As a biomedical engineering major, Brian Cottle, in his sophomore year at the U, developed “The Wedge.” It is used for abdominal muscle endurance testing in clinics that study intra-abdominal pressure. It allows clinics to consistently measure someone’s abdominal strength. You’re probably wondering, “What’s the point?” According to the National Center for Health, 24 percent of women will have a primary or recurring pelvic floor disorder, a disorder where organs fall or droop below the abdomen, causing extreme discomfort. “This study aims to debunk or understand the correlation between the intra-abdominal pressure and failure of the abdominal area. It’s a hidden epidemic,” Cottle said. He has worked on numerous projects in a lab managed by professor Robert Hitchcock. Learn more about Hitchcock’s at hitchcock.bioen.utah.edu.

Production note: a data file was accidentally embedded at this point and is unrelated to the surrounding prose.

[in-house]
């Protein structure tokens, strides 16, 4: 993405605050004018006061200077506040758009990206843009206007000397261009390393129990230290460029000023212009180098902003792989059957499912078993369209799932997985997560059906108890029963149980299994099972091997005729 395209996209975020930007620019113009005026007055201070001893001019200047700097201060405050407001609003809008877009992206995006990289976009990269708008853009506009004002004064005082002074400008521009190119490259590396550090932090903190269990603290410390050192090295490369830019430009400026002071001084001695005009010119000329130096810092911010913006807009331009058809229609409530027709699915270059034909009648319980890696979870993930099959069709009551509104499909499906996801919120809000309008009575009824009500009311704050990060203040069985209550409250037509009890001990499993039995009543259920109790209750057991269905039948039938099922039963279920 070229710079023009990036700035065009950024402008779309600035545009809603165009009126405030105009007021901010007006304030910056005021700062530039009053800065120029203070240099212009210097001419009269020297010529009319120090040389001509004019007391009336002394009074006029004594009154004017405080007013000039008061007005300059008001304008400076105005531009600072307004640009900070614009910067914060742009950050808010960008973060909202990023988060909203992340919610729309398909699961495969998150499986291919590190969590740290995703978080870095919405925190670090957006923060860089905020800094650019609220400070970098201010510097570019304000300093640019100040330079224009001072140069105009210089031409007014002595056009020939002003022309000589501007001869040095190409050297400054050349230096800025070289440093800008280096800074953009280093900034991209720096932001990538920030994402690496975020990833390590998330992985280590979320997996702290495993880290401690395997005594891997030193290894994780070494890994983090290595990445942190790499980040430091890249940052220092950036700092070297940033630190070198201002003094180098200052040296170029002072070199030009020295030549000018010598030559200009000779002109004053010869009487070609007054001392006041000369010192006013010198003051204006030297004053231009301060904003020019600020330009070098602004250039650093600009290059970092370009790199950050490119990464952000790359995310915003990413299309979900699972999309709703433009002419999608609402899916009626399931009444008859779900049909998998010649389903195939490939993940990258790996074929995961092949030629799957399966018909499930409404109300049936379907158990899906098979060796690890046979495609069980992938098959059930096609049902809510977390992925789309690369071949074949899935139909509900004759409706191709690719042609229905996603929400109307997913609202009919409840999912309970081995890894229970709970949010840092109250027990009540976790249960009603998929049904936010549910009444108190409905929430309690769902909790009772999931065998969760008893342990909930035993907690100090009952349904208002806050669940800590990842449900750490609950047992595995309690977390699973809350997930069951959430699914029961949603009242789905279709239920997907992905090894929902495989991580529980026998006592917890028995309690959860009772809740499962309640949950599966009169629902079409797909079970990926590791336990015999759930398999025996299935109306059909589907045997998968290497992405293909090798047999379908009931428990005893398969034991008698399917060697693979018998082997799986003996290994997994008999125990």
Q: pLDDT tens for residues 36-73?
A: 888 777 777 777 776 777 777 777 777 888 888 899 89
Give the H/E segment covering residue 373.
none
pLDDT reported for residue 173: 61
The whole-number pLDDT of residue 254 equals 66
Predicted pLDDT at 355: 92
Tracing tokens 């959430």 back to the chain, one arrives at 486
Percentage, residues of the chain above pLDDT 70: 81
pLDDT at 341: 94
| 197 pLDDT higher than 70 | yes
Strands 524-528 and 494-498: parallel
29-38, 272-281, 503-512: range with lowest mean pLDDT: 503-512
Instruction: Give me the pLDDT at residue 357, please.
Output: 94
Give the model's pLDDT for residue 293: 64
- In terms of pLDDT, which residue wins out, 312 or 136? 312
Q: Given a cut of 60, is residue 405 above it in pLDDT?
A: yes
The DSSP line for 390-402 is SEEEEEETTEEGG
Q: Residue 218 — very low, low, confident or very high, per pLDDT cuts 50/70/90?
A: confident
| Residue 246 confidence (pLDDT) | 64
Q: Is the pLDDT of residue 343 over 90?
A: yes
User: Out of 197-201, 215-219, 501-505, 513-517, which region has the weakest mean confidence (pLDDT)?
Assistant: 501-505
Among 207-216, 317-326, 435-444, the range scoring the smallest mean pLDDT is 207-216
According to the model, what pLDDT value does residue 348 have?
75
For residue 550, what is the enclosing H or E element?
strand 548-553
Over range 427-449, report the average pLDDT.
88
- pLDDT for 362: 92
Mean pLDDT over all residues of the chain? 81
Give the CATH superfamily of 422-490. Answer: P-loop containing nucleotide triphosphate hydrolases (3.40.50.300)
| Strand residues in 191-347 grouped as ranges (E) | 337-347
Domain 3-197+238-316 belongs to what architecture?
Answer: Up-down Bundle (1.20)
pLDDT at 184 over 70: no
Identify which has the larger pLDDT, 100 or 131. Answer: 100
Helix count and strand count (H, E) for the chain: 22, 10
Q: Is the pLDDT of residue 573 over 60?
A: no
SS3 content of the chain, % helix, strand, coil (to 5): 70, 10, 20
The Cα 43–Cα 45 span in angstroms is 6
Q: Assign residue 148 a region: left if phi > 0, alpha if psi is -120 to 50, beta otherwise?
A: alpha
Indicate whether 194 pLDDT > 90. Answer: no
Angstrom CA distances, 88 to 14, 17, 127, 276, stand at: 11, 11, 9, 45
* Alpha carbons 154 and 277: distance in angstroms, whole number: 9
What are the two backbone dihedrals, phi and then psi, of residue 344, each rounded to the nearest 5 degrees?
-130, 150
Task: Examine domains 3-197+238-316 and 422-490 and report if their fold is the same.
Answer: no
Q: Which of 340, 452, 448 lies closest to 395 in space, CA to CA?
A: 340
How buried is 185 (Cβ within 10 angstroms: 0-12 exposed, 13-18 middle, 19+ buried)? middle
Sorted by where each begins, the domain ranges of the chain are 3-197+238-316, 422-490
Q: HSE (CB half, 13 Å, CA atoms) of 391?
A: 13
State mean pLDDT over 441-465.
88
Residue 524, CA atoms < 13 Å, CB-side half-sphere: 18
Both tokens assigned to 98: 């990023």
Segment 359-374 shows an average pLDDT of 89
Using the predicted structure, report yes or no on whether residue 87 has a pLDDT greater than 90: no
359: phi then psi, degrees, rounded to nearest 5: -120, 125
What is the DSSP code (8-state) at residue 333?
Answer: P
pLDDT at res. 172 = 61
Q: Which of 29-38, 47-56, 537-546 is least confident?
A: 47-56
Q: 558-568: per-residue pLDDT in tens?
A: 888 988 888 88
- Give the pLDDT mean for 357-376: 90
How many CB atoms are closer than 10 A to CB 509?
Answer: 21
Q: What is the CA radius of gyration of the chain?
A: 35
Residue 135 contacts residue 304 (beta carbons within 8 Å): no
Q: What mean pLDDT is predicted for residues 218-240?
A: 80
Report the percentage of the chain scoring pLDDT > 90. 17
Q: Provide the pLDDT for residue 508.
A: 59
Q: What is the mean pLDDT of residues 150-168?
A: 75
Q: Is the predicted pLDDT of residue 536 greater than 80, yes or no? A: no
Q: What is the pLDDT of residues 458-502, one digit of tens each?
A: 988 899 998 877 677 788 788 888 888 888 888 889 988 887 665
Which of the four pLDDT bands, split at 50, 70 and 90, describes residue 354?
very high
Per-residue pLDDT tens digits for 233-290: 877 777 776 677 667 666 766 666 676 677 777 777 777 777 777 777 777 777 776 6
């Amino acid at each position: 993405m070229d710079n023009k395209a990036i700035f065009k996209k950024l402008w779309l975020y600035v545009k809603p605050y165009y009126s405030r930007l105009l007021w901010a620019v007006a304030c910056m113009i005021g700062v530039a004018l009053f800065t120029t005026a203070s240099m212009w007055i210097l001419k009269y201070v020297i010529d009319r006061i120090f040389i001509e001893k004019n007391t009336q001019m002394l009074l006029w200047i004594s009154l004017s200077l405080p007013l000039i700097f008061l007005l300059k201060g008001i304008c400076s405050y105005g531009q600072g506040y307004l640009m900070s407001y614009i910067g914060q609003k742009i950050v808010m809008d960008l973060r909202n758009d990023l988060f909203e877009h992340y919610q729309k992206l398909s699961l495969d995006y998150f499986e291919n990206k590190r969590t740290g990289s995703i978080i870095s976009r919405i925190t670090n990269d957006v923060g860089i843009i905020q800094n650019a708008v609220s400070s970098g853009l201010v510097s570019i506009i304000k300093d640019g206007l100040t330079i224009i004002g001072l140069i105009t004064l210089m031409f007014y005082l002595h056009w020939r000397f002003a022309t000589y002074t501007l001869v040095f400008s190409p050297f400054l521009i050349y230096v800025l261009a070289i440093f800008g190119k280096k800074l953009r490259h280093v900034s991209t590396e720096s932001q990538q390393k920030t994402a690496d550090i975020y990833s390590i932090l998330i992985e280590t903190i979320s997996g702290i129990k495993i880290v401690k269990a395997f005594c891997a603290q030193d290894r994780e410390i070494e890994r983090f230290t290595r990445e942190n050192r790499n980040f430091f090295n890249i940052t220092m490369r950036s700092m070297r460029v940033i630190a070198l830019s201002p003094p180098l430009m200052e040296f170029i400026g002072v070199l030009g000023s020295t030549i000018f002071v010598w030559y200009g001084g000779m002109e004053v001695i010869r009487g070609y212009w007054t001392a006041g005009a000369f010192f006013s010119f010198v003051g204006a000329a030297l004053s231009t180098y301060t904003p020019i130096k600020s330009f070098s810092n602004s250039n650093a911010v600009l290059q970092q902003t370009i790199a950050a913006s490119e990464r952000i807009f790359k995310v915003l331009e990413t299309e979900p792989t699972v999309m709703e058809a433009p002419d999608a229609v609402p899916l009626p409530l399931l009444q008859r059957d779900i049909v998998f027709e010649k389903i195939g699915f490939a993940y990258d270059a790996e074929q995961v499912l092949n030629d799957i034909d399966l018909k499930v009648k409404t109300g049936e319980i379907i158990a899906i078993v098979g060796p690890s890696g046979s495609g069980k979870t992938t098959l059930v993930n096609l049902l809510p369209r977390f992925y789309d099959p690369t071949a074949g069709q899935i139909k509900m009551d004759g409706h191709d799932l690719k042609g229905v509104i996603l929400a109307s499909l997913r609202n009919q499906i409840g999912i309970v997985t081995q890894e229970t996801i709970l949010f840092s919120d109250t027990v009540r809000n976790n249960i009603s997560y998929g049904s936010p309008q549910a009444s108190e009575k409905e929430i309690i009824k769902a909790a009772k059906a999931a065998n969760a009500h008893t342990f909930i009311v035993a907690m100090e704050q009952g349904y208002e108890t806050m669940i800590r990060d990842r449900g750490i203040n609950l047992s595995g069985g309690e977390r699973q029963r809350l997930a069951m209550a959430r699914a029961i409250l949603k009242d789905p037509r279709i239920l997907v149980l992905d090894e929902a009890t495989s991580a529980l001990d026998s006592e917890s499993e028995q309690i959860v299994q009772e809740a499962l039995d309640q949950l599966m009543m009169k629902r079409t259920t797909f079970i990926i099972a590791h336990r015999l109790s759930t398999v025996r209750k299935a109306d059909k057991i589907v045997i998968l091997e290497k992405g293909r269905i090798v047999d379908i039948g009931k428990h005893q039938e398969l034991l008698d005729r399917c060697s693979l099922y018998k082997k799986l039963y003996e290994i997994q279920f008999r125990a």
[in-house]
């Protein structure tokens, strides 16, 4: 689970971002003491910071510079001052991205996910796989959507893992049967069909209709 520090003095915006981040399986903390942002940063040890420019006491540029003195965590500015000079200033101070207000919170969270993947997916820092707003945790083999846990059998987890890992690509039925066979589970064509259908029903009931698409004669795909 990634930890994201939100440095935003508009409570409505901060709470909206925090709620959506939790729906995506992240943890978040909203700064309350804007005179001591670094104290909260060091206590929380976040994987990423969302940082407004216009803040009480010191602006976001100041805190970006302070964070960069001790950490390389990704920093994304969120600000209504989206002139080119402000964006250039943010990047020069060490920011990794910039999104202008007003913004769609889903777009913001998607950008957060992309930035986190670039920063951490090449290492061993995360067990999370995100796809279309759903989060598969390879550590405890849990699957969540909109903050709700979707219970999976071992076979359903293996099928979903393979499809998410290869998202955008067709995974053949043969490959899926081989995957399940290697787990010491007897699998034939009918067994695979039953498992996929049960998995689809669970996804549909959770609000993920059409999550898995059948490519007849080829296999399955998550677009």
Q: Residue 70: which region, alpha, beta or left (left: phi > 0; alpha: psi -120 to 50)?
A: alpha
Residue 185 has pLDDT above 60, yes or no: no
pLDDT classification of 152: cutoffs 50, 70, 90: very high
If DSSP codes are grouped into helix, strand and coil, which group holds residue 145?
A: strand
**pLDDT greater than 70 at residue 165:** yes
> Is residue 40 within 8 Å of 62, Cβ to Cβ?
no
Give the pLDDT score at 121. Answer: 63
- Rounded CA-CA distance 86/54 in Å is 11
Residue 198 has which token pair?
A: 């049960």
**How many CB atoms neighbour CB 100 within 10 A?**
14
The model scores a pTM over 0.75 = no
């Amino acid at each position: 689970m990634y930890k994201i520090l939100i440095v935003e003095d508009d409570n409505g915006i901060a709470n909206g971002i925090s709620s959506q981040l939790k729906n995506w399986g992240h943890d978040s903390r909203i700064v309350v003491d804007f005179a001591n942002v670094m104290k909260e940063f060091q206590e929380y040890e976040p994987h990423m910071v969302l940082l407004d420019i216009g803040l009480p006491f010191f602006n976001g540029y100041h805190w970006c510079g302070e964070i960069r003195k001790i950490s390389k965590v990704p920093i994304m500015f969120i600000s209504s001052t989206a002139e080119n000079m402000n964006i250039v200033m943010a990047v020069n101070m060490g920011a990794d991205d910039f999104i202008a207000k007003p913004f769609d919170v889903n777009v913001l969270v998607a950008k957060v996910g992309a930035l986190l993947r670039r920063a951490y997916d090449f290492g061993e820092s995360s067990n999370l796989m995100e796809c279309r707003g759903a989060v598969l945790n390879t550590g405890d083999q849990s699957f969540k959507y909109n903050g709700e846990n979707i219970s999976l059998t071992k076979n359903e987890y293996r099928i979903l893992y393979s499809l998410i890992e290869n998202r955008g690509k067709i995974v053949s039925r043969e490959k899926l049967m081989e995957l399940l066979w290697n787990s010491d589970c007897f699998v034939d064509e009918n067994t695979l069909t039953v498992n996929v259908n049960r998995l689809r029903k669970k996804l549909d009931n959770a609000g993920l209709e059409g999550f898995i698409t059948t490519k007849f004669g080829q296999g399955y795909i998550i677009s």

Find this article and a lot more in the 2017 “Student Innovation @ the U” report. The publication is presented by the Lassonde Entrepreneur Institute to celebrate student innovators, change-makers and entrepreneurs.